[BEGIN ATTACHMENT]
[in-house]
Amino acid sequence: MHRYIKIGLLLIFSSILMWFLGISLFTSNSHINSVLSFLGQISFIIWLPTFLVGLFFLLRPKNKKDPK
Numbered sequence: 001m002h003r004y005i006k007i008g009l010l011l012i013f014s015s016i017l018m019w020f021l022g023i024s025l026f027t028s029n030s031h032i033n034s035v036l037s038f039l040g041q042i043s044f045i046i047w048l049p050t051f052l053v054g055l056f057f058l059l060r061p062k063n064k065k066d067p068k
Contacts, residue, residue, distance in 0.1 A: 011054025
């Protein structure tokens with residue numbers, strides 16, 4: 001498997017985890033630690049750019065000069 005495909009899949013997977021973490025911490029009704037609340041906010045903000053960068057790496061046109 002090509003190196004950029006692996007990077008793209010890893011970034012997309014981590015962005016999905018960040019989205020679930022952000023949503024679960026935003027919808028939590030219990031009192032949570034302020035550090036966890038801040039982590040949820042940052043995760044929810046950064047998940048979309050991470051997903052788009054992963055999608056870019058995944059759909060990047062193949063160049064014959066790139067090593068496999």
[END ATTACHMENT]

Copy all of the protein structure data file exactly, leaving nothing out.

[in-house]
Amino acid sequence: MHRYIKIGLLLIFSSILMWFLGISLFTSNSHINSVLSFLGQISFIIWLPTFLVGLFFLLRPKNKKDPK
Numbered sequence: 001m002h003r004y005i006k007i008g009l010l011l012i013f014s015s016i017l018m019w020f021l022g023i024s025l026f027t028s029n030s031h032i033n034s035v036l037s038f039l040g041q042i043s044f045i046i047w048l049p050t051f052l053v054g055l056f057f058l059l060r061p062k063n064k065k066d067p068k
Contacts, residue, residue, distance in 0.1 A: 011054025
């Protein structure tokens with residue numbers, strides 16, 4: 001498997017985890033630690049750019065000069 005495909009899949013997977021973490025911490029009704037609340041906010045903000053960068057790496061046109 002090509003190196004950029006692996007990077008793209010890893011970034012997309014981590015962005016999905018960040019989205020679930022952000023949503024679960026935003027919808028939590030219990031009192032949570034302020035550090036966890038801040039982590040949820042940052043995760044929810046950064047998940048979309050991470051997903052788009054992963055999608056870019058995944059759909060990047062193949063160049064014959066790139067090593068496999």